The Importance of the Outdoor Environment in Early Childhood Education
“The beginning of something is always very important, especially when it’s young and needs to grow” Plato, philosopher and educator
Past generations have reminisced with nostalgia about their childhoods, of playing in the streets until dark, making cubbies in bushland and hanging upside down on metal monkey bars in the local park. Today streets are too clogged with cars and potential danger, the bushland is now housing, while the monkey bars have been taken out due to the possibility of injury and litigation.
The older generation worry about the youth of today as the availability to play outdoors is severely reduced and children are now spending more time inside on computers and iPads. The question arises whether this generation’s focus upon technology and parent’s anxiety about their children’s safety is to the children’s detriment.
Early childhood has always recognised the importance of the outdoor natural environment as an element of education which develops the whole child, from their physical skill development to social awareness, emotional good health and linguistic abilities. Theorists such as Froebel, Dewey and Rousseau emphasise the importance of the child becoming involved within the natural environment. (Elliott, 2008) It was Froebel who envisioned the word “Kindergarten” to describe early childhood education as a children’s garden with the child’s connection to nature being fundamental.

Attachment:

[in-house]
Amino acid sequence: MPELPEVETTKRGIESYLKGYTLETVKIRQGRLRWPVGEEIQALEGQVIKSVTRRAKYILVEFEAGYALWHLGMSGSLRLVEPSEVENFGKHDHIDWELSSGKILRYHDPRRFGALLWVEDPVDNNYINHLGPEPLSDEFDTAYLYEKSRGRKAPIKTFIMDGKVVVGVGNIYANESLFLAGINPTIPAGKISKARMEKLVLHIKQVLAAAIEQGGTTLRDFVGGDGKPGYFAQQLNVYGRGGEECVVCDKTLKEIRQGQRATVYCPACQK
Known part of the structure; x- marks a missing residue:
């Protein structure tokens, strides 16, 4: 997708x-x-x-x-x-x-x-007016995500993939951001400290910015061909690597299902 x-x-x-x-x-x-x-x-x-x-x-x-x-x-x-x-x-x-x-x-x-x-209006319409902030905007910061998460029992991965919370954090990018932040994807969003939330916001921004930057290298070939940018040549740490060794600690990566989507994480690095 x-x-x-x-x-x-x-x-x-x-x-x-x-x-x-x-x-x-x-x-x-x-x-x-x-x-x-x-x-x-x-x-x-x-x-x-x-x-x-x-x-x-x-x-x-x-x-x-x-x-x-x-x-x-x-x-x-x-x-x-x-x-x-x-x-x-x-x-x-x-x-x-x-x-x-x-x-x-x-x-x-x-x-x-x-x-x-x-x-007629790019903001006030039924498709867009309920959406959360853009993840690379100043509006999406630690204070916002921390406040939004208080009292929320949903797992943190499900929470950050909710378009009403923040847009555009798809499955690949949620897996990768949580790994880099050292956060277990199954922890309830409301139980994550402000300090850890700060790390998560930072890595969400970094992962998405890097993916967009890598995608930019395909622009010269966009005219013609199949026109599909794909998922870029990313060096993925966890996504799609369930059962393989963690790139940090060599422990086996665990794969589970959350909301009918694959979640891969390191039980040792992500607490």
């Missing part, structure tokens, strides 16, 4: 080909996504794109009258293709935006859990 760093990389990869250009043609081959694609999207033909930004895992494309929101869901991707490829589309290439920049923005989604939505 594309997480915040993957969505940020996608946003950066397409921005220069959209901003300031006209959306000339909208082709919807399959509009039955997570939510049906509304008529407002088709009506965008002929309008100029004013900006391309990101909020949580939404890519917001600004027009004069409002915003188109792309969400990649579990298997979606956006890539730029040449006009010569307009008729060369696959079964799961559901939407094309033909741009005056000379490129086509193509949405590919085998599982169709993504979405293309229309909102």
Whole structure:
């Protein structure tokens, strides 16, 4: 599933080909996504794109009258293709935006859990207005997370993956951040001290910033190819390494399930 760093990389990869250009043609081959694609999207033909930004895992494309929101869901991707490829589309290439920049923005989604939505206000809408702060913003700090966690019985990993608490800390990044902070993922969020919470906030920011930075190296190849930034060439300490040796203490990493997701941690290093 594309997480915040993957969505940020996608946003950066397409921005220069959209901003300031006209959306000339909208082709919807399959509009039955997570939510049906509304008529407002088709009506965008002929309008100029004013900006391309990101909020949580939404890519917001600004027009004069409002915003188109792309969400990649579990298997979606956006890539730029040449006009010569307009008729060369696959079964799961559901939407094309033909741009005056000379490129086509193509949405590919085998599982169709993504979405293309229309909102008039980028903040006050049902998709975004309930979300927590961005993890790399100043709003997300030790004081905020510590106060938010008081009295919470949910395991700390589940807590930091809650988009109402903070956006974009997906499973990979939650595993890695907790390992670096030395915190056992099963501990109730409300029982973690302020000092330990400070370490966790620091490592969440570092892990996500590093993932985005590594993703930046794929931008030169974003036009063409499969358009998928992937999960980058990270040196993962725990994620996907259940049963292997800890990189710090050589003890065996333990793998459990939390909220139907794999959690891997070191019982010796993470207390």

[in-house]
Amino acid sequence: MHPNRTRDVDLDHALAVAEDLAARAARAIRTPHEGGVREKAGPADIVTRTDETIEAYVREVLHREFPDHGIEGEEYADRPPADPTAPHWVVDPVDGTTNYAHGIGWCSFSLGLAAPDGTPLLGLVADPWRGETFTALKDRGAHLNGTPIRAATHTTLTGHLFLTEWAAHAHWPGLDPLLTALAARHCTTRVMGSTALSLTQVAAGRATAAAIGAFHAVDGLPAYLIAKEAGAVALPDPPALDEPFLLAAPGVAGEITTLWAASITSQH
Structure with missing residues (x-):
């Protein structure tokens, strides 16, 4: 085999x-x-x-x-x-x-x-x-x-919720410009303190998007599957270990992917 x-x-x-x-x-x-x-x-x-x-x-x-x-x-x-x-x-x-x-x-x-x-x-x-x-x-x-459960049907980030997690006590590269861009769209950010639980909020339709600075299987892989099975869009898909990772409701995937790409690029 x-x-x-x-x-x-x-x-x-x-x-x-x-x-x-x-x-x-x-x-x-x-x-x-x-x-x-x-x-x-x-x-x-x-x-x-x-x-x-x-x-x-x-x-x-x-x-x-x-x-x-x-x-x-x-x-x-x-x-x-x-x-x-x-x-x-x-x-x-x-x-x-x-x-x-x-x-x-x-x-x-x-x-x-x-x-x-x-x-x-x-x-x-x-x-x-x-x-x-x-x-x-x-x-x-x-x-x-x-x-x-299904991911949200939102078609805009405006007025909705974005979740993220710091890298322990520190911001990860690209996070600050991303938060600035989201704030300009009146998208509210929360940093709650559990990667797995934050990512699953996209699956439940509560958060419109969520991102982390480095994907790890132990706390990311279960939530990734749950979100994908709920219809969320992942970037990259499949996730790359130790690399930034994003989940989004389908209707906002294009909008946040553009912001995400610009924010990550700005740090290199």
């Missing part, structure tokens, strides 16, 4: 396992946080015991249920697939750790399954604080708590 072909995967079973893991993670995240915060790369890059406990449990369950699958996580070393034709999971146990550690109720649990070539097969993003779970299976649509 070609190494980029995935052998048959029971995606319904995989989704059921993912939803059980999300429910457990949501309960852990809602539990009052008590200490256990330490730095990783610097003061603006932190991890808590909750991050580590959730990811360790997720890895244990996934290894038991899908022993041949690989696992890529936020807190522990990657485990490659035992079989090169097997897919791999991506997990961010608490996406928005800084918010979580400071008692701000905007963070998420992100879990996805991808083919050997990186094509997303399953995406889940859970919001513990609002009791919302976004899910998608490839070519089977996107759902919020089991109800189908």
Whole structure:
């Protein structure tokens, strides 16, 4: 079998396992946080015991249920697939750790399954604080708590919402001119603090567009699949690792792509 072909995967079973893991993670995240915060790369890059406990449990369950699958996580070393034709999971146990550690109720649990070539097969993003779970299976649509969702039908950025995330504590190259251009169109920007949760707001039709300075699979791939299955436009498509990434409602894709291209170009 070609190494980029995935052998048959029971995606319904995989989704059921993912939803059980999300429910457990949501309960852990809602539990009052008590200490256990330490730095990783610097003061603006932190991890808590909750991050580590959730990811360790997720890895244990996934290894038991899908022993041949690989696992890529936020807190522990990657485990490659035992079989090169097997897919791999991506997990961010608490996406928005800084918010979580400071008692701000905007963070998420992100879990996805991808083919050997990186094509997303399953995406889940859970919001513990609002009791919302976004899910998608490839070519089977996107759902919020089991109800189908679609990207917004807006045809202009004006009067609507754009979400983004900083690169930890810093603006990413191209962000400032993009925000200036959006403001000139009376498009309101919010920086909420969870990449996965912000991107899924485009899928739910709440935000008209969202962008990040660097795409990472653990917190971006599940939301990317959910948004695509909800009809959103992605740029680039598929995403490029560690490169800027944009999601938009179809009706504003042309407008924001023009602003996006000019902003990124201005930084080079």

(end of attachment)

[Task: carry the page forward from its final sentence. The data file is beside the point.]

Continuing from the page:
As the availability of space is being reduced for many children and the promotion of curriculum based learning from an earlier age, the importance of an outdoor program which is based upon a child-centric approach becomes more important. The deprivation of play opportunities have been stated by some experts to cause depression and hostility in children (Hirsh-Pasek and Michnick Golinkoff.(2004) The term “nature deficit disorder” has been used to describe some children’s discomfort both emotionally and physically in a natural, outdoor environment.
In early childhood education a new position of the outdoor teacher has developed in recent times as the industry is recognising the unique learning that occurs in the outdoors. It is up to each centre to explore how to best use their resources and physical environment to best promote each child’s potential.